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Nietzsche Past & Future
‘I Am A God’: On Becoming More Than Human
David Birch compares the attitudes of Friedrich Nietzsche and Kanye West.
On his 2013 album Yeezus, the Chicago rapper Kanye West highlighted something that the world had failed to notice, namely, that he is a god. He had been called many things in his life – including a jackass by Barack Obama – but never this. Naturally, West’s deific pretensions incurred accusations of narcissism and blasphemy. The offending song was unambiguously titled ‘I Am a God’, and its message was clear: I, Kanye West, am more than human.
Nietzsche by Essa Samateh 2020. Essa’s Instagram page is crise60
West later explained that the song was born out of frustration. Desperate to become a success in the fashion industry, yet feeling rebuffed by the labels he wanted to work with, he was tipped over the edge at Paris Fashion Week when he was pointedly asked not to attend a series of events: “So the next day I went to the studio with Daft Punk and I wrote ‘I Am a God’, ‘cause it’s like, yo, nobody can tell me where I can and can’t go. Man, I’m the number one living and breathing rock star.” Unsurprisingly, the god who emerges from the song’s lyrics seems closer to a diva than a divinity:
“I am a god
Hurry up with my damn massage
Hurry up with my damn ménage
Get the Porsche out the damn garage”
In a BBC interview following the album’s release, West implied that his critics would have been more comfortable with the song if he’d described himself as a ‘n—’, a ‘pimp’, or a ‘gangster’. These latter appellations, even if proclaimed with pride, ultimately denote an acceptance of the lowly and limiting identities that WASP society and the market have assigned to black people. By not using these terms, West was refusing to confine his self-expression to a lexical ghetto. But this wasn’t all he was doing: to call yourself a god not only resists these terms, it negates them entirely. He did not react to his snub by proclaiming “I am Kanye West”; “I am a man”; or “I am human”. Those statements do not convey the indefatigability of his will, or his immunity to self-loathing and self-pity. “I am Kanye West” is bureaucracy; “I am a man” is desperate; and “I am human” is vapid. By declaring his divinity, West was implying that there is something limiting about being human. In order to express his undying thirst to become who he is, West was compelled to renounce his humanity. ‘I am a god’ is more than self-belief. He is not merely telling us that he’ll survive his self-doubt, that he’ll silence the voice that says “You do not belong here, you are not good enough”. He’s telling us that he has no such voice, that he exists above and beyond the strictures of doubt and shame. Gods do not know how to despise themselves. To say ‘I am a god’ is not a commitment to persevere but a declaration of unassailability. If you are unassailable, lacking all temptation to collapse or hide, then it makes no sense to talk of persevering. Without self-scrutiny there is no self-doubt, and only those who worry they might fail in their endeavours question themselves. And gods do not reflect, they do not question themselves, since their endeavours are without end. If one’s endeavours are without end, then judgment is eternally premature. Failure belongs to the finite.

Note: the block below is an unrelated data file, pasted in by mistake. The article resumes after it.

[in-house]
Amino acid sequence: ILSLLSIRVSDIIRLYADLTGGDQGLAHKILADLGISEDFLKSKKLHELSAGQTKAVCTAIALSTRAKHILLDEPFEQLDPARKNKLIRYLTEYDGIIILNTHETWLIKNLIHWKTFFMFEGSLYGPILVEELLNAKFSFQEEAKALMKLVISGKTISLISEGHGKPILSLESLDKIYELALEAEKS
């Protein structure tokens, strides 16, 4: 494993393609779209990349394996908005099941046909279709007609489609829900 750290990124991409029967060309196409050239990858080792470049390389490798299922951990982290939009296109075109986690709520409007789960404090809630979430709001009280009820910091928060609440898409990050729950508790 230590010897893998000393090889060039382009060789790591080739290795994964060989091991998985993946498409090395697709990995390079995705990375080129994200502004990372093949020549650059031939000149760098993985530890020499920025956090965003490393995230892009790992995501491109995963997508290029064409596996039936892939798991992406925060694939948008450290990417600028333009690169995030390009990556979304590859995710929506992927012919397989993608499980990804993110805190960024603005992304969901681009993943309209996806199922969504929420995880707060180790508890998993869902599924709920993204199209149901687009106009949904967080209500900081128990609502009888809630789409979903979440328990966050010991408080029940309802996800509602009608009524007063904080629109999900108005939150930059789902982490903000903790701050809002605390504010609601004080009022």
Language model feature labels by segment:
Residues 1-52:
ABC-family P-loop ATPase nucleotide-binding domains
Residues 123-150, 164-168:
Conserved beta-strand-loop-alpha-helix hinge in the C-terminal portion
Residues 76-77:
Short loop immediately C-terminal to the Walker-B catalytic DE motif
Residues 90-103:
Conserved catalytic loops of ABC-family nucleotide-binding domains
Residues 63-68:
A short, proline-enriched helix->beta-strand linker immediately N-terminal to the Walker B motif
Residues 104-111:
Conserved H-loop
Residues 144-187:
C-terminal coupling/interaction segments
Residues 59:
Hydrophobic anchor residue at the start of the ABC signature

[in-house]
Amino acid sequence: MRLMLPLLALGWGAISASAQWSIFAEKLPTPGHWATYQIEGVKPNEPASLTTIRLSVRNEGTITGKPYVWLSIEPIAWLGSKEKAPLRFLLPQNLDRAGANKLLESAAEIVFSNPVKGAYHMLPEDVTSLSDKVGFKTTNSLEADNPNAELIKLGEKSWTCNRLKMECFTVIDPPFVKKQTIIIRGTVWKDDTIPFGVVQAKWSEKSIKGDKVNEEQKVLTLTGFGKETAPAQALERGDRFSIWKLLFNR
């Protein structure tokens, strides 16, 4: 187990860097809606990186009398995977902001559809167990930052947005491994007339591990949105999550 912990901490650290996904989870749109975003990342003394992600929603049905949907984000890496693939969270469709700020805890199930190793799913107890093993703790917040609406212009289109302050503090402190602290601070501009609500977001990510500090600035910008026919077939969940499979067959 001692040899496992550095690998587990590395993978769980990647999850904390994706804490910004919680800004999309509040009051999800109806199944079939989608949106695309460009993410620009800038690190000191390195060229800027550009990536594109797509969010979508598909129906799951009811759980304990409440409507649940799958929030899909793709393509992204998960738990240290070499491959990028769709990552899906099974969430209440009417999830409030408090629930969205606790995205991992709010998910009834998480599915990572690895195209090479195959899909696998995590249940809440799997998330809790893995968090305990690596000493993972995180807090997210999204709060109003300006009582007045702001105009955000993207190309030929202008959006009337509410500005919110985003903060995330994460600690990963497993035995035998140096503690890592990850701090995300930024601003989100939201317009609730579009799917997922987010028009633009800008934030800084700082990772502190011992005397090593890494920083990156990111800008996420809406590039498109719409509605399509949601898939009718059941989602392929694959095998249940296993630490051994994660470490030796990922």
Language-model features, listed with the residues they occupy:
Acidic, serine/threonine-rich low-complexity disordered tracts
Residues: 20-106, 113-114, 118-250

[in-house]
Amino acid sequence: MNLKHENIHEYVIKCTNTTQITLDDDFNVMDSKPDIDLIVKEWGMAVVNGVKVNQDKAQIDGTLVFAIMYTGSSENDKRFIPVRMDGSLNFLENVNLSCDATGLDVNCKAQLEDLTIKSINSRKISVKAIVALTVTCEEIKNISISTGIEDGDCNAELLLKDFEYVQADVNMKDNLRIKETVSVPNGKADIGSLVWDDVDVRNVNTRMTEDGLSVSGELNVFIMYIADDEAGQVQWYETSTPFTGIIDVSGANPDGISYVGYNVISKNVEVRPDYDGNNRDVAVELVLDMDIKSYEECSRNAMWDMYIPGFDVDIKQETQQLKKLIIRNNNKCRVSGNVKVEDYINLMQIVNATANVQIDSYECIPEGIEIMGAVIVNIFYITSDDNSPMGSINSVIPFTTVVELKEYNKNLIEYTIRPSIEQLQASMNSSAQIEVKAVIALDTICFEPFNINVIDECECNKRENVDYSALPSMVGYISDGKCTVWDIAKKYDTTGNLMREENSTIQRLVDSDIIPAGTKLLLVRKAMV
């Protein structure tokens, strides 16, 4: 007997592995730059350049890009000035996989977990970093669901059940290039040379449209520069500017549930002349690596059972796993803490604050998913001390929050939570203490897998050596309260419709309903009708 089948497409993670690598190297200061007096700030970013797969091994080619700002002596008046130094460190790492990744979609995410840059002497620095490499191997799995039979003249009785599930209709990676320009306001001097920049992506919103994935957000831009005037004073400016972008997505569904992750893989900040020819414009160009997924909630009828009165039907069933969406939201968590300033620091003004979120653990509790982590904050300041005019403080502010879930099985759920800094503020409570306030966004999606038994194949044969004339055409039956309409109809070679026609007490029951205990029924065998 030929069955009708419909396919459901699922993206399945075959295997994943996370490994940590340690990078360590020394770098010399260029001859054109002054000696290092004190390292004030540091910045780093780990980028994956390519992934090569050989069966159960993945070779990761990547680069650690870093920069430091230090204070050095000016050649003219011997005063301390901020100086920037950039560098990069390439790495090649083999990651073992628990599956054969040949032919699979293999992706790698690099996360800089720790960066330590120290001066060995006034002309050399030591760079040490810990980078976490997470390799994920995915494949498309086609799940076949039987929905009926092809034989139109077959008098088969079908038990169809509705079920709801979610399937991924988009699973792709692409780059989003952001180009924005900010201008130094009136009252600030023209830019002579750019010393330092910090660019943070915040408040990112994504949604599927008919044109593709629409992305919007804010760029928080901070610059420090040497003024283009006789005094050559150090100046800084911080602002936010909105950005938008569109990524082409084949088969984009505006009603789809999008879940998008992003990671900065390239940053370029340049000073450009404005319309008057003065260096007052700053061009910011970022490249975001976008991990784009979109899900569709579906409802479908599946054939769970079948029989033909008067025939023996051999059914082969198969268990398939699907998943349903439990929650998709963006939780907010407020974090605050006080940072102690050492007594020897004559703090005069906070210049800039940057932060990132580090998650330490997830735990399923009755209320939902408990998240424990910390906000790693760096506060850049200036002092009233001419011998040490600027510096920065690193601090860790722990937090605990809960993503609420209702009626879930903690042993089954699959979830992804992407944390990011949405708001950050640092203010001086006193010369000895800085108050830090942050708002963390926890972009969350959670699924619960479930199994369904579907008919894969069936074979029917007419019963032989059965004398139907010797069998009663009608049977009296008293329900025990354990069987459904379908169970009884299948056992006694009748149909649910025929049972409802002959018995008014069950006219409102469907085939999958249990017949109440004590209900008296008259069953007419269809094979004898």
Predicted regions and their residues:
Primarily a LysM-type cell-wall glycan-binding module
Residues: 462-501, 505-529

West’s implication that there is something deficient about mere humanity places him well in the company of Friedrich Nietzsche. Both see themselves as outsiders. Nietzsche felt disconnected from his profession (his work was generally ignored), his nation (he spent much of his life outside of Germany, alternating between Switzerland and Italy) and his epoch (‘a weak age’). But more provocatively, Nietzsche felt disconnected from his species: “Disgust at mankind… has always been my greatest danger” (Ecce Homo, 1888). Like West, he heard no power in the assertion, ‘I am human’. He thought that being human was a state to be overcome; humanity’s finest moment will be the day it becomes something else entirely, something better. The future belongs to this new creature, the Übermensch or ‘overman’ (‘superman’).
Do you, reader, sympathise with Nietzsche’s wish for a species revolution? Do you see some fundamental defect in humanity? If there were a referendum on human nature, would you vote to leave? How would you even describe human nature? Are there words elastic enough to encompass us all? Is there a common thread? A shared bond?